On stage conversation is as revealing and emotionally charged as his lyrics, and although he relays some genuinely upsetting autobiographical tales, like his written words, there is much humour. Grant has been through the wringer, but divulges personal tales in a heart-warming way that transcends the hardships he has endured. He is candid about his diagnosis, and hilarious in his introduction to ‘Ernest Borginine’, a song that acknowledges his illness. It’s contemplative but jolts you from any kind of sentimental saturation with brutally honest admissions, a common thread through his work.
‘Sinead O’ Connor’s guest appearance seemed a certainty. The pair become quick friends after her astounding version of ‘Queen of Denmark’. She subsequently sang backing vocals on several tracks on the new album. Grant can’t conceal his affection for her and likewise Sinead for him. She joins him for ‘It Doesn’t Matter to Him’ and ‘Why Don’t You Love Me Anymore’, the latter a perfect example of the texture and layers provided by her voice. Her ghostly waling is perfectly juxtaposed against John’s distinctive soft baritone. She recently reverted to her iconic shaved head look, and appears relaxed looking more like her young self than the tabloid fodder of last year. When she briefly fluffs a line, she appears embarrassed and coy. Grant embraces her and they dance, her feet resting on his, enhancing the intimacy of the occasion. Kindred souls, they share much in common. Both are immense talents, at times shy and self depreciating, but always refreshingly honest.
‘I Hate This Town’ is as the title suggest vitriolic in its anger. It could have been written about lots of towns, but of course has very little to do with a place. ‘Glacier’ is poignant and gently uplifting, facilitated by Sinead’s compelling addition, likewise on album favourite ‘GMF’.
It’s wish fulfillment time when ‘Queen of Denmark’ is introduced. The pair sing it as a duet and it makes for one of those magical moments when you praise the gig gods that you are here to witness it. Singing about wanting to use someone for sex has never sounded so beautiful. Sinead can appear vulnerable on stage, with her slight and elegant demeanour, gently pacing back and forth from the mic, but when she unleashes the full strength of her voice, she is defiant strength personified, a visceral tingle covers the body as she sings, “Why don’t you take it out on someone else, why don’t you bore the shit out of someone else.”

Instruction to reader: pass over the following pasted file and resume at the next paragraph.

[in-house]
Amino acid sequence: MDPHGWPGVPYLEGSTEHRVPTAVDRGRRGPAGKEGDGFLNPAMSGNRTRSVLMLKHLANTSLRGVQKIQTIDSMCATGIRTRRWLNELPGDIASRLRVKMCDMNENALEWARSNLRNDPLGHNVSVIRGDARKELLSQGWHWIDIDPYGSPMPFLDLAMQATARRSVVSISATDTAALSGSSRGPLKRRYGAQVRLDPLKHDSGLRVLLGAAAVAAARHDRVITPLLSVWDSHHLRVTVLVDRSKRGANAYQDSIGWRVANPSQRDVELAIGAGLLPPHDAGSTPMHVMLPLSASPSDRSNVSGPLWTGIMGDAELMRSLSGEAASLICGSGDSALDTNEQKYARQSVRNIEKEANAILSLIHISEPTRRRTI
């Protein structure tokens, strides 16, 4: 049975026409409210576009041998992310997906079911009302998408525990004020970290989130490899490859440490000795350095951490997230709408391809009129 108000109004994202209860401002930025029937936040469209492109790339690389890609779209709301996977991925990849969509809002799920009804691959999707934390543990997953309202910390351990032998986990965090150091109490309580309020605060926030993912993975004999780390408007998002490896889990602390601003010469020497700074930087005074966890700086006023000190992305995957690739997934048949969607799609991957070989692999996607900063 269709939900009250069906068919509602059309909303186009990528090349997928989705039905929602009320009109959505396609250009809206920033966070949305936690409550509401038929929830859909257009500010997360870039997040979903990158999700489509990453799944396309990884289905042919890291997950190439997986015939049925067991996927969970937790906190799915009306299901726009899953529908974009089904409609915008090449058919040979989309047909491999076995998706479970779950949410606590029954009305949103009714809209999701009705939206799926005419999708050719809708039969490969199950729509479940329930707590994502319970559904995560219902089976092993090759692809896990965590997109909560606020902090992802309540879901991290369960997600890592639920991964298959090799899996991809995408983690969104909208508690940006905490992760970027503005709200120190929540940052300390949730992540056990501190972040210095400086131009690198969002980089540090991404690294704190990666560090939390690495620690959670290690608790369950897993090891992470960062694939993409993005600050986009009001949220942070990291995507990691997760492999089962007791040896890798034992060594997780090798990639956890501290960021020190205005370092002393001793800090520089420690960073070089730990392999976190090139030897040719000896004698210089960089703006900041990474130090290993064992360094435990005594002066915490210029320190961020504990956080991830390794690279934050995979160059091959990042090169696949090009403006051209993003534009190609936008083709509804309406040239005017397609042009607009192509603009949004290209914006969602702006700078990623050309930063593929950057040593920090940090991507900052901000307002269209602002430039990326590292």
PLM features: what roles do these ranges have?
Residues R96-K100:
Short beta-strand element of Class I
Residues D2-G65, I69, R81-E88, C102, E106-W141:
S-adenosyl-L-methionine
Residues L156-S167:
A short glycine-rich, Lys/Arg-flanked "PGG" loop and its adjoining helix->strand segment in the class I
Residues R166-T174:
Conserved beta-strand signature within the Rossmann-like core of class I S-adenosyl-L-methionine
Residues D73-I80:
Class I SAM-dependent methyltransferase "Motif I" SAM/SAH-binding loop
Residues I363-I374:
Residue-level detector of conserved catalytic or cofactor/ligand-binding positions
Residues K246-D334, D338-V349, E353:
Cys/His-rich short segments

It closes the set and they leave to rapturous applause and a standing ovation. It’s unfortunate for those you won’t get to see the songs performed with Sinead. Her wonderful otherworldly additions to songs of ‘Pale Green Ghosts’ are beautifully realised here, even if they were hindered at first by a low mic.
The spectacular encore features three ‘Queen of Denmark’ tracks, the empathetic and celestial ‘Where Dreams Go To Die’, reminiscing heartbreak and loss on ‘TC and Honeybear’ and finally the enchanting and emotionally elicit ‘Caramel’ where the crowd accompany his astonishing distinctive soulful voice in soft adoration. You can literally see light reflected off tears on people’s faces. As the band take their final bow, the audience ore on their feet in shared euphoria.
Live, Grant is an emotional and engaging experience, for fans of his albums, that won’t be a surprise, but that level of engagement is heightened by his forthcoming honesty between songs as well as his revealing confessional lyrics. The performance is absolutely revelatory and resonates long into the night. Through his passionate openness Grant transports you to a place where painful lessons manifest in strength and optimism. It would be wonderful to be as moved by every gig, a joyous, emotive and satisfying encounter with a truly exceptional artist.
Words by Ray Burke. More writing by Ray on Louder Than War can be found here.